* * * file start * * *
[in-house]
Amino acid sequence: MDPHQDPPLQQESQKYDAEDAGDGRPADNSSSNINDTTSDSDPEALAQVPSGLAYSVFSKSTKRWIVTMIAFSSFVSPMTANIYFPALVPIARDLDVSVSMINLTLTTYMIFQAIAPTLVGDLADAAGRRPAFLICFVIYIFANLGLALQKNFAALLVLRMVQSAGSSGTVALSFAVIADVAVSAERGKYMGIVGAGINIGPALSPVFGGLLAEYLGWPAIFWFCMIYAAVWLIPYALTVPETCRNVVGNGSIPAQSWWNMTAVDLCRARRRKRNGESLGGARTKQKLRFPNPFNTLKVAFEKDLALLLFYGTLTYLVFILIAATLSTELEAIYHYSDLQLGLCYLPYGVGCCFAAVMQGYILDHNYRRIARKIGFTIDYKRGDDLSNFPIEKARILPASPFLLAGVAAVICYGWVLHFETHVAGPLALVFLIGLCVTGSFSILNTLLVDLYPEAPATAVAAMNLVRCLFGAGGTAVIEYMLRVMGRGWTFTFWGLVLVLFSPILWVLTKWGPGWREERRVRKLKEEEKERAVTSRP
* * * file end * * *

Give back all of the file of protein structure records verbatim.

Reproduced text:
[in-house]
Amino acid sequence: MDPHQDPPLQQESQKYDAEDAGDGRPADNSSSNINDTTSDSDPEALAQVPSGLAYSVFSKSTKRWIVTMIAFSSFVSPMTANIYFPALVPIARDLDVSVSMINLTLTTYMIFQAIAPTLVGDLADAAGRRPAFLICFVIYIFANLGLALQKNFAALLVLRMVQSAGSSGTVALSFAVIADVAVSAERGKYMGIVGAGINIGPALSPVFGGLLAEYLGWPAIFWFCMIYAAVWLIPYALTVPETCRNVVGNGSIPAQSWWNMTAVDLCRARRRKRNGESLGGARTKQKLRFPNPFNTLKVAFEKDLALLLFYGTLTYLVFILIAATLSTELEAIYHYSDLQLGLCYLPYGVGCCFAAVMQGYILDHNYRRIARKIGFTIDYKRGDDLSNFPIEKARILPASPFLLAGVAAVICYGWVLHFETHVAGPLALVFLIGLCVTGSFSILNTLLVDLYPEAPATAVAAMNLVRCLFGAGGTAVIEYMLRVMGRGWTFTFWGLVLVLFSPILWVLTKWGPGWREERRVRKLKEEEKERAVTSRP